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CFMEU secretary Dean Hall talks to a worker about unsafe building practices at the ACT Legislative Assembly on Monday.

CFMEU secretary Dean Hall talks to a worker about unsafe building practices at the ACT Legislative Assembly on Monday. Photo: Colleen Petch

Spying the very first construction site in view as he departed the Legislative Assembly news conference into workplace safety on Monday, the blood rapidly drained from ACT Work Safety Commissioner Mark McCabe's face.

A small group of young builders were diligently fixing a leaking terrace roof over the Assembly chamber itself - just metres from where the government was handing down a damning inquiry into the parlous state of safety culture in the territory.

And as McCabe surveyed the scene he saw plenty was amiss.

Dean Hall was just behind, and the CFMEU ACT secretary's reconnaissance of the site confirmed several issues - a power cable connected to the main electricity supply was draped along the floor and also wedged through a metal door. It connected power to the angle grinder that a young bloke was using to dry-cut tiles. He wasn't wearing a face mask as dust billowed out in front of him.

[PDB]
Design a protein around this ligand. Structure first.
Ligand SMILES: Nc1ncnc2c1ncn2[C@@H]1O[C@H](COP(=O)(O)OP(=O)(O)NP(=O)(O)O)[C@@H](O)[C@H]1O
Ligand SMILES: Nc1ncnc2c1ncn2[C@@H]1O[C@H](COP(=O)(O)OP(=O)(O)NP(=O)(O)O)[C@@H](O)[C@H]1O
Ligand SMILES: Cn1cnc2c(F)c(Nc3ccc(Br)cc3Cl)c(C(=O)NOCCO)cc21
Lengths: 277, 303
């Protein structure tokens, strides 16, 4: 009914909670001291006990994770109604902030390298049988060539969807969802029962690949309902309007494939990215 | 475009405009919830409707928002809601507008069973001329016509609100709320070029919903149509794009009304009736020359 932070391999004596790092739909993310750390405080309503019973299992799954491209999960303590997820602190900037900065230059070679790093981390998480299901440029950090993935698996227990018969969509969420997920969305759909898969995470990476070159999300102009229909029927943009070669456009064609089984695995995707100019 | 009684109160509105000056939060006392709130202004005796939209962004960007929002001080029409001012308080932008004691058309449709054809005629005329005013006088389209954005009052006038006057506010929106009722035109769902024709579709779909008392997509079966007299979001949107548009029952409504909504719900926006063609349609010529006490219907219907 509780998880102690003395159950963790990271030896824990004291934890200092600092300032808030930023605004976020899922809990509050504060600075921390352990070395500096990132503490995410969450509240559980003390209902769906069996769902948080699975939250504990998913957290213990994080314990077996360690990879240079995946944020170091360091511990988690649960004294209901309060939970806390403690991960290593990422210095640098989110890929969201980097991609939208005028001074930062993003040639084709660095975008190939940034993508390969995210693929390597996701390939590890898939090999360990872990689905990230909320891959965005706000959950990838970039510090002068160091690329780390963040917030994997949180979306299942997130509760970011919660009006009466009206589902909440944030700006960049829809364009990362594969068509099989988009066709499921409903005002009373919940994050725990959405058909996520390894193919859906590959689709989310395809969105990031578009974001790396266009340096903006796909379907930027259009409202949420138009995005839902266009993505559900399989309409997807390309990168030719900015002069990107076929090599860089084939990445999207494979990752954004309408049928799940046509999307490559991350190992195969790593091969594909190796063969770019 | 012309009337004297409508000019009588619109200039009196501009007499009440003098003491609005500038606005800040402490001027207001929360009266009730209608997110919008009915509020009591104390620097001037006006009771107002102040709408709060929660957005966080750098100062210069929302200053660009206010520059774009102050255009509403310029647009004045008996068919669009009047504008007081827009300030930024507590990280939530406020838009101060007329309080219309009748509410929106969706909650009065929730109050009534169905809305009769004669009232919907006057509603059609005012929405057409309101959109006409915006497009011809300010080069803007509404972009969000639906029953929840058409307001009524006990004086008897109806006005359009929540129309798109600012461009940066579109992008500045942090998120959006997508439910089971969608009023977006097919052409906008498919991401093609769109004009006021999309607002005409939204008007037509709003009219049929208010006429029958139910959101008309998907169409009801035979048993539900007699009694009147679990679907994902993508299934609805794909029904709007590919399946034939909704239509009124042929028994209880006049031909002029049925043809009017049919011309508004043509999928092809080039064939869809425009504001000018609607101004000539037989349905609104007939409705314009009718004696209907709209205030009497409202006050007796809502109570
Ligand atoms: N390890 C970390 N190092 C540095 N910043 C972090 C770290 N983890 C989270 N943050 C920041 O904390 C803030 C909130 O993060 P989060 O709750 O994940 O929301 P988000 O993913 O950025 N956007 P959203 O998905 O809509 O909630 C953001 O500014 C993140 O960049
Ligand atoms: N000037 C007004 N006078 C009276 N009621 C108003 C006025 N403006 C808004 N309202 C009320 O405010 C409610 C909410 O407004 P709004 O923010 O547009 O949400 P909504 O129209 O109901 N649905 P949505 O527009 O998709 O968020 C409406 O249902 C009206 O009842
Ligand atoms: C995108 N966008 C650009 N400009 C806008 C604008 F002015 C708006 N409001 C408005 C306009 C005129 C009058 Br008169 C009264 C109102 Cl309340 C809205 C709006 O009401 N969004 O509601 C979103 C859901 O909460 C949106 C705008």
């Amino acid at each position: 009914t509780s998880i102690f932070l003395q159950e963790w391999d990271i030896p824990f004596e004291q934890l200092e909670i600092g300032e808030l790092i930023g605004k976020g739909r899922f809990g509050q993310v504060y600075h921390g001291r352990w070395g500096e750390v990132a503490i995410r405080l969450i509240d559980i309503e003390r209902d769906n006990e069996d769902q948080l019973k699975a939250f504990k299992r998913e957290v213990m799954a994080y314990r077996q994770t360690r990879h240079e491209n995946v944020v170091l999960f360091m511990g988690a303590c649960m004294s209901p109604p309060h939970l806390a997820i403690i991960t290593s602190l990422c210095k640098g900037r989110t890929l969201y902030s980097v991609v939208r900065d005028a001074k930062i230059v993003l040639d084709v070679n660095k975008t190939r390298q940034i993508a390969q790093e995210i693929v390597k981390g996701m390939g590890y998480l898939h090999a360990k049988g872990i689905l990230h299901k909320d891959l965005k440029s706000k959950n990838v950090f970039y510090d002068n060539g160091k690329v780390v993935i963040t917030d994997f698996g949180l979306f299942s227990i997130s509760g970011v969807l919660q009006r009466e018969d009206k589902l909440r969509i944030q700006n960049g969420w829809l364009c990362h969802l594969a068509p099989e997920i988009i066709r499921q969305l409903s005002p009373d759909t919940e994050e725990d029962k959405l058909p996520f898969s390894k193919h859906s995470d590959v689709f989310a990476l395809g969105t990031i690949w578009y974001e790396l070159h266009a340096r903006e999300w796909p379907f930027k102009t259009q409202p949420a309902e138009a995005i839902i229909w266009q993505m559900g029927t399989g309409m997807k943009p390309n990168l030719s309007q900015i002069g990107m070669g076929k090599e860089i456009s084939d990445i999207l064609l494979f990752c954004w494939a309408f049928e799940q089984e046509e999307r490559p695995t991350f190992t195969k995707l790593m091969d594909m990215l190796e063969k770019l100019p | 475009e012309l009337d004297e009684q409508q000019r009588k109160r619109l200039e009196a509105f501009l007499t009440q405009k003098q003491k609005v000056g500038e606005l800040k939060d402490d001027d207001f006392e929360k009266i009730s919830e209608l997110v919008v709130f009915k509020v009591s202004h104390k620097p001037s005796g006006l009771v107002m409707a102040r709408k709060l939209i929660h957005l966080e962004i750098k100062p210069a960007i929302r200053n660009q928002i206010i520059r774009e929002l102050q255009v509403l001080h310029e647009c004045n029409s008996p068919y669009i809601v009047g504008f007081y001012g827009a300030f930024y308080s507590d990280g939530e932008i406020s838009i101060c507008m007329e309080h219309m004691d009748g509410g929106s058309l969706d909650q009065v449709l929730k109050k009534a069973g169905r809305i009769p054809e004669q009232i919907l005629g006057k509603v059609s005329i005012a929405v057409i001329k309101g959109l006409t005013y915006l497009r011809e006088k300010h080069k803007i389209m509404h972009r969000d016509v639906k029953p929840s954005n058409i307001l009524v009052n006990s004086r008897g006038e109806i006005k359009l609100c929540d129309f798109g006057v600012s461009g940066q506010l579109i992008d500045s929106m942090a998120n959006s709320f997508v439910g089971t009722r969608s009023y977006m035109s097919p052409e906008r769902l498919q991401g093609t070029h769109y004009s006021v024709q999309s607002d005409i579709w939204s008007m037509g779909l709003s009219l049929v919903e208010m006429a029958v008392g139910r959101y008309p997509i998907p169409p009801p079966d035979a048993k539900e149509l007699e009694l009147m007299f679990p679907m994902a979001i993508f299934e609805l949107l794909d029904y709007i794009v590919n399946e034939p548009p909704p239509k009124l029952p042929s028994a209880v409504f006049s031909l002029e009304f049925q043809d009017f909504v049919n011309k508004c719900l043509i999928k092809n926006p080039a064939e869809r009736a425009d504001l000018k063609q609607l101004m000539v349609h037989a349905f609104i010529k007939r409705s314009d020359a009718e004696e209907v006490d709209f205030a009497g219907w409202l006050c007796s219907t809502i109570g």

Those are four things wrong that could lead to eye or lung damage, or death through electrocution.

With the media milling around the ACT's major construction safety players, and Workplace Safety Minister Simon Corbell looking on, Hall and McCabe conferred before Hall ducked his head out the door and spoke to the worker.

''Mate, can I have a word? Where's your protection from the dust? What's this cord doing here? Did you realise we've just had a press conference on the safety inquiry going on in here?'' he asked.

The young bloke looked embarrassed and said he didn't realise he had done the wrong thing. Hall suggested now might be a good time for a lunch break.

Muffled laughter followed the exchange but it could not have been more illustrative. Canberrans are not strong on safety culture. Not strong at all, and the statistics, led by four deaths in a year, are brutal.

The report makes 28 solid recommendations towards turning this around and Corbell adopted seven of them immediately.

''Getting Home Safely'' makes sobering reading. And it should be read by everyone from the highest-paid developer to the lowest-paid labourer working in this city.

Meanwhile, McCabe will be relishing the commitment to bolster his WorkSafe inspector team in the next budget - not least because lax safety standards at the ACT Assembly have just added to his workload, and an inspector was dispatched to the site once the camera crews had gone.